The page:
Decision Development in Computer-Assisted Group Decision Making



    1. Marshall Scott Poole is a professor of speech communication at Texas A&M University.
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    1. Michael E. Holmes is an assistant professor of communication at the University of Utah, and is a visiting assistant professor of speech communication at the University of Minnesota.
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  • The data were drawn from a study conducted by Richard Watson, Gerardine DeSanctis, and the first author. The authors would like to thank Julie Billingsley, Ilze Zigurs, and Sarah Belknap for assistance with data collection, coding, and analysis; and Howard Giles and two anonymous reviewers for their insights and guidance. This research was supported by National Science Foundation Grant SES-8715565 to Poole and DeSanctis. The conclusions are solely those of the authors.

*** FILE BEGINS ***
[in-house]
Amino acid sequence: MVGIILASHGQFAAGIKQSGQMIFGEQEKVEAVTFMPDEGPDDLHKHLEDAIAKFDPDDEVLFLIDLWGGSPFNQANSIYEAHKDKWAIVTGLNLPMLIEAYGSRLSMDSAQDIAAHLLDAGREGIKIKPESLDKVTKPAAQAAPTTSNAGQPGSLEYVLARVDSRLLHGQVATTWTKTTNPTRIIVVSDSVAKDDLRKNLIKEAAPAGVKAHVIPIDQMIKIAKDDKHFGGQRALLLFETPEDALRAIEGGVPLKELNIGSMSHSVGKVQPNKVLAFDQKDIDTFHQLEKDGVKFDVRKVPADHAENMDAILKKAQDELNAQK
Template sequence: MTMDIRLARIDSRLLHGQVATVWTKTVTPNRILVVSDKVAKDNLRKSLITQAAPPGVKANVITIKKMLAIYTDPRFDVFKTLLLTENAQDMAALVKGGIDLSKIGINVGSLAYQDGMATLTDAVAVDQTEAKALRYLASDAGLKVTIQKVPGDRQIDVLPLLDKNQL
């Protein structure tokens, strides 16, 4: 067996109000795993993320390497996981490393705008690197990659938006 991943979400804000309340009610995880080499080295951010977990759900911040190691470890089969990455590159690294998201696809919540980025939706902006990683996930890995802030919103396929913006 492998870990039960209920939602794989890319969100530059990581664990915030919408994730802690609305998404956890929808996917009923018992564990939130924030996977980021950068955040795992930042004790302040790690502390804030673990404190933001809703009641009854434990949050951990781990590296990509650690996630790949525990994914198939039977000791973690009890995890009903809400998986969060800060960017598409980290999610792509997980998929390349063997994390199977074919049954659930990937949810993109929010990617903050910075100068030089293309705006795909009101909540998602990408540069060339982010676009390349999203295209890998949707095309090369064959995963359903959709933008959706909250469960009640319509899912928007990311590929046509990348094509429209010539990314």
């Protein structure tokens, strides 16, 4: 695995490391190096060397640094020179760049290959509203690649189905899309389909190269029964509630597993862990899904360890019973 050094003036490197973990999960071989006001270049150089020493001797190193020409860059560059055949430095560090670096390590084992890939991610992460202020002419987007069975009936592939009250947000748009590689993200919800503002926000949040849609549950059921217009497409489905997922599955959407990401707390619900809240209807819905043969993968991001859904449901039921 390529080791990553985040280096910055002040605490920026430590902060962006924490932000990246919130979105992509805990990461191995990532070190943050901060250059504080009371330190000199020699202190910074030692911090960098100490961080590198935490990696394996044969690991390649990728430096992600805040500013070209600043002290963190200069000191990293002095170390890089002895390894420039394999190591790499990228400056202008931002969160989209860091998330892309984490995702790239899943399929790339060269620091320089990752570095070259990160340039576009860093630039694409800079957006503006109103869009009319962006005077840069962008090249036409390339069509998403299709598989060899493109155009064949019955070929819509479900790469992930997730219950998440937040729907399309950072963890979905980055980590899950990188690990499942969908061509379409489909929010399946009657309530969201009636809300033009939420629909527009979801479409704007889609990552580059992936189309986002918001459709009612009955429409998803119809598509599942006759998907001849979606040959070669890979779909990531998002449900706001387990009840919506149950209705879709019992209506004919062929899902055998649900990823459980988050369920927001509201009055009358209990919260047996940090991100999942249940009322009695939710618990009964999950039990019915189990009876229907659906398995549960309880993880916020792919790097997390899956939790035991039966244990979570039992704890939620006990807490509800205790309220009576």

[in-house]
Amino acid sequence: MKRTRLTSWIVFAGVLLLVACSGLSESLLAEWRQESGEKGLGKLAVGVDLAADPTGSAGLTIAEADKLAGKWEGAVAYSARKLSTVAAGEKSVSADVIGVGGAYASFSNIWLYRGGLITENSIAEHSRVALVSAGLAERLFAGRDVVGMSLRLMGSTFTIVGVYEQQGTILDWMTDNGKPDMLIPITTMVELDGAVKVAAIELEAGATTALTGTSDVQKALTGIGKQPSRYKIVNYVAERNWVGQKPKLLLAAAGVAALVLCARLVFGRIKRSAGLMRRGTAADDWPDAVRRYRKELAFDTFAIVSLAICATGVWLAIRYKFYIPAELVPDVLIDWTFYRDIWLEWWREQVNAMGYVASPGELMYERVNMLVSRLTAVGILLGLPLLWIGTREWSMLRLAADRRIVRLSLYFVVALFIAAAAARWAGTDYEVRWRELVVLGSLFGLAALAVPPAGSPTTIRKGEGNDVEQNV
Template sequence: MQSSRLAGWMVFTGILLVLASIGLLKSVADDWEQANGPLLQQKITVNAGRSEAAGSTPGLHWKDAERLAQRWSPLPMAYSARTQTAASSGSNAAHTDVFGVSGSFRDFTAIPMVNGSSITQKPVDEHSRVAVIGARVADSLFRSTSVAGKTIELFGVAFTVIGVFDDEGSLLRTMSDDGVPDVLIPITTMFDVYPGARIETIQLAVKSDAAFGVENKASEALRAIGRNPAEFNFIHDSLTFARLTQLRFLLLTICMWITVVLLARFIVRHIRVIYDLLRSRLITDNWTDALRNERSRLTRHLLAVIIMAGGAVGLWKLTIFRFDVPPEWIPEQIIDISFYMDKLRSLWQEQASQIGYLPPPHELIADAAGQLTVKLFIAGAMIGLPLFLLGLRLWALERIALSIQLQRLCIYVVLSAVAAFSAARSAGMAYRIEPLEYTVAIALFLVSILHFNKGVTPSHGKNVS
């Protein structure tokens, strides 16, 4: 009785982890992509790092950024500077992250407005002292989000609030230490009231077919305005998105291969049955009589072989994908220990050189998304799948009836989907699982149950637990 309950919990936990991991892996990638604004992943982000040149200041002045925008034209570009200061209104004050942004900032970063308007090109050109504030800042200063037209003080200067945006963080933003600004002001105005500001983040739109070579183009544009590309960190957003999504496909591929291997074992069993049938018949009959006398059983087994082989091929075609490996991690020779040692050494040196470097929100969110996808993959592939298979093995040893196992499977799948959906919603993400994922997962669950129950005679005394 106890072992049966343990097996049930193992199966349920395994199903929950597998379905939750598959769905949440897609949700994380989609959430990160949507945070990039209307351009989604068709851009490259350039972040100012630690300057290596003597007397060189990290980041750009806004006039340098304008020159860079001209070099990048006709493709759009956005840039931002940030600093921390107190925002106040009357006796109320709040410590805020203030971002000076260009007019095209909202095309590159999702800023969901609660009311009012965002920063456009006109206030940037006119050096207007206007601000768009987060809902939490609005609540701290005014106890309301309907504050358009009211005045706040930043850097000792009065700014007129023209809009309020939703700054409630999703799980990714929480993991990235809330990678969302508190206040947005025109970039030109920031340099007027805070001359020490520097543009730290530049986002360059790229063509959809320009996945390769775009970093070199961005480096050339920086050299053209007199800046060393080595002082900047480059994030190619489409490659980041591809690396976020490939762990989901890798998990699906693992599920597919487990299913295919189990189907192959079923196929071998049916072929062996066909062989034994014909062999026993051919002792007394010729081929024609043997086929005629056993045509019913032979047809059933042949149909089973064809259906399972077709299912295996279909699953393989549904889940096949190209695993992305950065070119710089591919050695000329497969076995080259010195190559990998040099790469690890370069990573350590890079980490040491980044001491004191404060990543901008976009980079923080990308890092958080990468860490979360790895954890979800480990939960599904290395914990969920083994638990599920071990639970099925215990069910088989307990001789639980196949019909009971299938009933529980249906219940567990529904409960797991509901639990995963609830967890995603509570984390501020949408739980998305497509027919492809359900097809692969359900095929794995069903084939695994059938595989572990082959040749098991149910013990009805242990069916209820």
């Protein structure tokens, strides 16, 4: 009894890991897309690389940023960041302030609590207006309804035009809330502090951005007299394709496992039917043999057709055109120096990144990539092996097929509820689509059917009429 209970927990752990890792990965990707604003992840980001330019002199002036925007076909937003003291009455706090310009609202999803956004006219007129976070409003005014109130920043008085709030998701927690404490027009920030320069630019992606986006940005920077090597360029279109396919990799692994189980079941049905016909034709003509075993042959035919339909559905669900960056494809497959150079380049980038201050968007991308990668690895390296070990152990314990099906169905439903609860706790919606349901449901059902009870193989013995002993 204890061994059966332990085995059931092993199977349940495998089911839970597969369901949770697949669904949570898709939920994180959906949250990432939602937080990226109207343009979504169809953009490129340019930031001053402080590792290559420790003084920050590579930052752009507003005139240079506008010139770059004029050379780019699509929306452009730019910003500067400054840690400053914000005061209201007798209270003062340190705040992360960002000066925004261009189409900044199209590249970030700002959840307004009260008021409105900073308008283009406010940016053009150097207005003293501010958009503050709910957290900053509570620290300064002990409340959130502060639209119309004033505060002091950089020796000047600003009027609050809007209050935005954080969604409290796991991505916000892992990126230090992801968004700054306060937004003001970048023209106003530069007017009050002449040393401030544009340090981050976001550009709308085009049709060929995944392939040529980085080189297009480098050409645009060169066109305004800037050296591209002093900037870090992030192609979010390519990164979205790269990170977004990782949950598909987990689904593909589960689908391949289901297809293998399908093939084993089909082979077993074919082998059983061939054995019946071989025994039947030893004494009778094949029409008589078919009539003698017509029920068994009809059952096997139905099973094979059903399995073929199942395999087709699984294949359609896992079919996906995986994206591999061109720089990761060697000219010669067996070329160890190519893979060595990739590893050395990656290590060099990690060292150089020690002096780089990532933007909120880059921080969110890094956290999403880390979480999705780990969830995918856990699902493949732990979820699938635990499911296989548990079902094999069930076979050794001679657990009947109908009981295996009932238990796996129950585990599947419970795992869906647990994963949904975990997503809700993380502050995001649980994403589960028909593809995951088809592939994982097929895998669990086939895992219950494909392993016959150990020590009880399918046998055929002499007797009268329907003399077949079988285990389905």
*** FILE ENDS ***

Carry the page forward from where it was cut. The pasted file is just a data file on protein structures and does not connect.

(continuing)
New computer technologies to aid group communication and decision making are becoming increasingly widespread. This study analyzes how one such technology, a group decision support system (GDSS), affected how group decisions developed over time. The study contrasted decision paths in groups using the GDSS with groups using the same procedural structures incorporated in the GDSS manually and with groups using no procedural structures. A flexible phase mapping method was employed to map group decision paths. The resulting set of seven decision paths varied in both sequence and number of decision phases. An optimal matching procedure was used to compute similarity measures among the 40 paths, and cluster analysis and multidimensional scaling were used to generate an empirical taxonomy of decision paths. Results indicated that the nature of decision paths varied both across the three conditions and within conditions. The decision path types were also related to three outcome variables: consensus change, perceived decision quality, and decision scheme satisfaction. Results indicated that those decision paths that most resembled logical normative sequences had superior outcomes to those that did not.